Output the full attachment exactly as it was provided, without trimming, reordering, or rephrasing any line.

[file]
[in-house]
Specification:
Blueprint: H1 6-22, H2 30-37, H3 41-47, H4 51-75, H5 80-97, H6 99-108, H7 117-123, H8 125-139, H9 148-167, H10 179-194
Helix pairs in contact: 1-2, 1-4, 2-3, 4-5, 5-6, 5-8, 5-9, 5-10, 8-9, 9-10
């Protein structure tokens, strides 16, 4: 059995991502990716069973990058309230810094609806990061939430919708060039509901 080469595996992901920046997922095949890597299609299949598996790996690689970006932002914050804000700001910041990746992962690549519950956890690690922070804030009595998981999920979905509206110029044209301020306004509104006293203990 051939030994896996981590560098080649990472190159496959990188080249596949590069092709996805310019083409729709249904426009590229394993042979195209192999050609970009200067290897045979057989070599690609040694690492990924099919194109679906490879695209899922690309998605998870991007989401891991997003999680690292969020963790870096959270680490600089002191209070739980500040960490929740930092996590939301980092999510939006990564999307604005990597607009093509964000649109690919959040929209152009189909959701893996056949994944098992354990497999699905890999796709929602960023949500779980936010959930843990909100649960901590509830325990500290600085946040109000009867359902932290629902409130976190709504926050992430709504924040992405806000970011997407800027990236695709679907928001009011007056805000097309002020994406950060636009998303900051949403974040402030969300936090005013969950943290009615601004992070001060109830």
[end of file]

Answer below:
[in-house]
Specification:
Blueprint: H1 6-22, H2 30-37, H3 41-47, H4 51-75, H5 80-97, H6 99-108, H7 117-123, H8 125-139, H9 148-167, H10 179-194
Helix pairs in contact: 1-2, 1-4, 2-3, 4-5, 5-6, 5-8, 5-9, 5-10, 8-9, 9-10
């Protein structure tokens, strides 16, 4: 059995991502990716069973990058309230810094609806990061939430919708060039509901 080469595996992901920046997922095949890597299609299949598996790996690689970006932002914050804000700001910041990746992962690549519950956890690690922070804030009595998981999920979905509206110029044209301020306004509104006293203990 051939030994896996981590560098080649990472190159496959990188080249596949590069092709996805310019083409729709249904426009590229394993042979195209192999050609970009200067290897045979057989070599690609040694690492990924099919194109679906490879695209899922690309998605998870991007989401891991997003999680690292969020963790870096959270680490600089002191209070739980500040960490929740930092996590939301980092999510939006990564999307604005990597607009093509964000649109690919959040929209152009189909959701893996056949994944098992354990497999699905890999796709929602960023949500779980936010959930843990909100649960901590509830325990500290600085946040109000009867359902932290629902409130976190709504926050992430709504924040992405806000970011997407800027990236695709679907928001009011007056805000097309002020994406950060636009998303900051949403974040402030969300936090005013969950943290009615601004992070001060109830």